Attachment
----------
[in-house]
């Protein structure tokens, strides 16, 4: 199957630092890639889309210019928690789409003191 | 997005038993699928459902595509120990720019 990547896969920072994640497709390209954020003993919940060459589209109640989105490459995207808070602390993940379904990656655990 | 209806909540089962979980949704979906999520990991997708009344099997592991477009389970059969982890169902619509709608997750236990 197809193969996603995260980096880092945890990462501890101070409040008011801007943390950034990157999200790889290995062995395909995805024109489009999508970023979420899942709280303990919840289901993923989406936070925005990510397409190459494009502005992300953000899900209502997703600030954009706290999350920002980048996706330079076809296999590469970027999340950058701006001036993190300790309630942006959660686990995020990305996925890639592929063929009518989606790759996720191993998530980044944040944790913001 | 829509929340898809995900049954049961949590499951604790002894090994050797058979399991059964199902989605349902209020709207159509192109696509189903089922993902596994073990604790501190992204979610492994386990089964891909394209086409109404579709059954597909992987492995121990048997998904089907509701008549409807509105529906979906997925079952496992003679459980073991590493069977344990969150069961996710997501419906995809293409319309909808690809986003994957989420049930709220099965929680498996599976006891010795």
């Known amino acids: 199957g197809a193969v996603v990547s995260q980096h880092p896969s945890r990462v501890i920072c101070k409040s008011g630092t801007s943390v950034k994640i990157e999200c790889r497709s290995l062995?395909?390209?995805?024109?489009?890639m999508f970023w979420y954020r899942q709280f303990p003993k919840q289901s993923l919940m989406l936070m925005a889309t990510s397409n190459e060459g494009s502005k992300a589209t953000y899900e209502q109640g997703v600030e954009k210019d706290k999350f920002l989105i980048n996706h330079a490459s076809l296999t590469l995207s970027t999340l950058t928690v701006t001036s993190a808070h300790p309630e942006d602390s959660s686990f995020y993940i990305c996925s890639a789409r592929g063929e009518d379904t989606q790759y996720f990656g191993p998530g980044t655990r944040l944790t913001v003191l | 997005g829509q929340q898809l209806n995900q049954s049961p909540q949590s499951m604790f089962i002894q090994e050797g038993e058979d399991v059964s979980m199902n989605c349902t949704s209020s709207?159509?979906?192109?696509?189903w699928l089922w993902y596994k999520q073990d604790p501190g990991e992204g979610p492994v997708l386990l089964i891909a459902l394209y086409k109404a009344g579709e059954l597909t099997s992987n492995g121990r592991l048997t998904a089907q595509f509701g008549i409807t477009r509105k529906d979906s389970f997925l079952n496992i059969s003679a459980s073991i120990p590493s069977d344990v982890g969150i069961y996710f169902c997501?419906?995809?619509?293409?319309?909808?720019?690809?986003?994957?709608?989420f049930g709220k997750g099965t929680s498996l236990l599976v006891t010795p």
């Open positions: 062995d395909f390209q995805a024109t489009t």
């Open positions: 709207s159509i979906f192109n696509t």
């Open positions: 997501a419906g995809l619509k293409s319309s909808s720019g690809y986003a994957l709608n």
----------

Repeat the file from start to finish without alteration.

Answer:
[in-house]
């Protein structure tokens, strides 16, 4: 199957630092890639889309210019928690789409003191 | 997005038993699928459902595509120990720019 990547896969920072994640497709390209954020003993919940060459589209109640989105490459995207808070602390993940379904990656655990 | 209806909540089962979980949704979906999520990991997708009344099997592991477009389970059969982890169902619509709608997750236990 197809193969996603995260980096880092945890990462501890101070409040008011801007943390950034990157999200790889290995062995395909995805024109489009999508970023979420899942709280303990919840289901993923989406936070925005990510397409190459494009502005992300953000899900209502997703600030954009706290999350920002980048996706330079076809296999590469970027999340950058701006001036993190300790309630942006959660686990995020990305996925890639592929063929009518989606790759996720191993998530980044944040944790913001 | 829509929340898809995900049954049961949590499951604790002894090994050797058979399991059964199902989605349902209020709207159509192109696509189903089922993902596994073990604790501190992204979610492994386990089964891909394209086409109404579709059954597909992987492995121990048997998904089907509701008549409807509105529906979906997925079952496992003679459980073991590493069977344990969150069961996710997501419906995809293409319309909808690809986003994957989420049930709220099965929680498996599976006891010795």
């Known amino acids: 199957g197809a193969v996603v990547s995260q980096h880092p896969s945890r990462v501890i920072c101070k409040s008011g630092t801007s943390v950034k994640i990157e999200c790889r497709s290995l062995?395909?390209?995805?024109?489009?890639m999508f970023w979420y954020r899942q709280f303990p003993k919840q289901s993923l919940m989406l936070m925005a889309t990510s397409n190459e060459g494009s502005k992300a589209t953000y899900e209502q109640g997703v600030e954009k210019d706290k999350f920002l989105i980048n996706h330079a490459s076809l296999t590469l995207s970027t999340l950058t928690v701006t001036s993190a808070h300790p309630e942006d602390s959660s686990f995020y993940i990305c996925s890639a789409r592929g063929e009518d379904t989606q790759y996720f990656g191993p998530g980044t655990r944040l944790t913001v003191l | 997005g829509q929340q898809l209806n995900q049954s049961p909540q949590s499951m604790f089962i002894q090994e050797g038993e058979d399991v059964s979980m199902n989605c349902t949704s209020s709207?159509?979906?192109?696509?189903w699928l089922w993902y596994k999520q073990d604790p501190g990991e992204g979610p492994v997708l386990l089964i891909a459902l394209y086409k109404a009344g579709e059954l597909t099997s992987n492995g121990r592991l048997t998904a089907q595509f509701g008549i409807t477009r509105k529906d979906s389970f997925l079952n496992i059969s003679a459980s073991i120990p590493s069977d344990v982890g969150i069961y996710f169902c997501?419906?995809?619509?293409?319309?909808?720019?690809?986003?994957?709608?989420f049930g709220k997750g099965t929680s498996l236990l599976v006891t010795p």
């Open positions: 062995d395909f390209q995805a024109t489009t």
């Open positions: 709207s159509i979906f192109n696509t």
């Open positions: 997501a419906g995809l619509k293409s319309s909808s720019g690809y986003a994957l709608n």